Jon dialed the 636 area code that was pre-programmed in his S3.
“Yo,” greeted Jon with the excitement of paint drying.
“Casey? It’s me. I’m here. I’m alive.”
“Shut up, Casey,” Jon shot back.
“Bro, did you really think I saw your number and thought, ‘oh damn, maybe he’s dead and this is a baggage handler calling to tell me’?”
“Whatever. Listen, get online, fire up the crypto and call me back.”
Casey took a dramatic pause, waiting for his best friend to panic just a tad. “Already done, brother.”
“Do you have the new keys loaded onto the KG?”
“Yup. Uploaded them today. But dude, we gotta talk. It’s getting harder to get into the NSA’s database every day. It’s like they’re starting to hire people who actually know what they’re doing.”
“Fine, we’ll talk about that later. For now, make sure the encryption codes you borrowed from them aren’t being traced back to us.”
“Jonny, dude, I know you’re the ‘brains’ of this operation and I’m just your super-awesome, not to mention good with the ladies sidekick, but I swear if you don’t stop questioning my abilities…”
“Ok, I get it. My bad. You da’ man. Better?”
“Yup," Casey smirked to himself.
“Alright. So, like I was saying… since you are ‘da’ man,’ and since we’re good to go, go ahead and send those NGA images of the place.”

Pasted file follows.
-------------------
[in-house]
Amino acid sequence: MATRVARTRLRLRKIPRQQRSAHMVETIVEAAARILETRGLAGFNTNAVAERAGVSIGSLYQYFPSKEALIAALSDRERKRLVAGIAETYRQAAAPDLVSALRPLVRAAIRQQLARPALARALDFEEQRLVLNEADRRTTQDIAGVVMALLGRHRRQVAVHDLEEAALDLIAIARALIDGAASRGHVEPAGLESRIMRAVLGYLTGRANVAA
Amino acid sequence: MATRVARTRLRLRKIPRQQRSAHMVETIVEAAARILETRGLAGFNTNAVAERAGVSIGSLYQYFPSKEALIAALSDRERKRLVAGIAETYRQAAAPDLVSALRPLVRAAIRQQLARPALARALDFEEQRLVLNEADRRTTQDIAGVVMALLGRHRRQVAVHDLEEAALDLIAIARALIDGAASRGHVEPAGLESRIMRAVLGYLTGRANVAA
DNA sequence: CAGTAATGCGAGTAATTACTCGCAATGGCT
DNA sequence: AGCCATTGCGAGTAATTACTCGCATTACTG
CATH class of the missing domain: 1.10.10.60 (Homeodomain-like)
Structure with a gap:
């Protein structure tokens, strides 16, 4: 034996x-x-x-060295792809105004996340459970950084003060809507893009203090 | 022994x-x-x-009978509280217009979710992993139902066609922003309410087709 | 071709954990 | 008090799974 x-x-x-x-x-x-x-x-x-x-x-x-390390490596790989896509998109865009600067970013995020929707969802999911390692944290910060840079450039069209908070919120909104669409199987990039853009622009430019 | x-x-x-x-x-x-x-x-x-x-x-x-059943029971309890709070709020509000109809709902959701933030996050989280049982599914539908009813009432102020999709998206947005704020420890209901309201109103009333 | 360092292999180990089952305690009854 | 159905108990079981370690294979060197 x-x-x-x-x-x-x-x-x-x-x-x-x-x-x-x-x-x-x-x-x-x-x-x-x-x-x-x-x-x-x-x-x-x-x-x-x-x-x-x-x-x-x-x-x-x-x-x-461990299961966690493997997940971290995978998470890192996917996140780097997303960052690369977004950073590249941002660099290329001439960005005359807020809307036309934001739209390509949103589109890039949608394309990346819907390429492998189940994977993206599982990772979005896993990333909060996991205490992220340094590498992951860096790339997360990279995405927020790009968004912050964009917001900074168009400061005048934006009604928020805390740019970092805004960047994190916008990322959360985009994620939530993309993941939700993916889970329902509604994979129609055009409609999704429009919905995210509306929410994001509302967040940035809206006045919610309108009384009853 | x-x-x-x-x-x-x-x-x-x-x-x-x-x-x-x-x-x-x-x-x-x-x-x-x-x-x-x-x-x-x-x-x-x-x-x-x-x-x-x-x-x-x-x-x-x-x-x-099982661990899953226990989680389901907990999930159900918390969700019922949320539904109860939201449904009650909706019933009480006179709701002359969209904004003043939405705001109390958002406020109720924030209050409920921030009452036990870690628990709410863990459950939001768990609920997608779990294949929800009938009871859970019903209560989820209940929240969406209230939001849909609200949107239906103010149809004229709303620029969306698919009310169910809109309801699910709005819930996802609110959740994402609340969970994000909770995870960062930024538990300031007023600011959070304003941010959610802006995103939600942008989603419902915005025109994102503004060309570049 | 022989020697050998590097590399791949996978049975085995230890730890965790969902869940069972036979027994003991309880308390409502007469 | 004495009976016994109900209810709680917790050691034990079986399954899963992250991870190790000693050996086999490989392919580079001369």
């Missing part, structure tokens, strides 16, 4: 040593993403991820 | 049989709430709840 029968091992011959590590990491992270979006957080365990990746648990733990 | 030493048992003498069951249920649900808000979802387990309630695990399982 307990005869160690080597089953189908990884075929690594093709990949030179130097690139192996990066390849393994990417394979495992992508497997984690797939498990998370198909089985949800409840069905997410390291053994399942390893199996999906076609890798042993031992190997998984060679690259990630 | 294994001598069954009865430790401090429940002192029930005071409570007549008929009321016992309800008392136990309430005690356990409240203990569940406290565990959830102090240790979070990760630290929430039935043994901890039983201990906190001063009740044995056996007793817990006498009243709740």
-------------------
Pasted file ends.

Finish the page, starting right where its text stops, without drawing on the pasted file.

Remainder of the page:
“See ya," Jon said, not fazed in the least, as he was used to his buddy's shenanigans.
The National Geo-spacial Agency, otherwise known as the NGA, was the only reliable source of the most up-to-date imagery with which Jon would work. Yeah, Google was pretty good, and they were getting better every day. But Jon knew nothing beat an NGA satellite image when he needed to get into and around a place. Heck, sometimes he would get lucky and depending on the time the birds shot their photos, he could get a good idea of assets on the ground and adjust his plan of attack.
In this case, the target, Real Gaming Technologies (RGT), was the biggest place he’d ever encountered. He knew with the popularity of the biggest video game creator it wouldn’t be an easy task getting in. Finding the schmuck who was responsible for the leak would be even harder. But Jon was up for the task. He was the best, and his clients paid well for his bite-sized services, making his six-figure fee a drop in usually a multi-billion dollar bucket.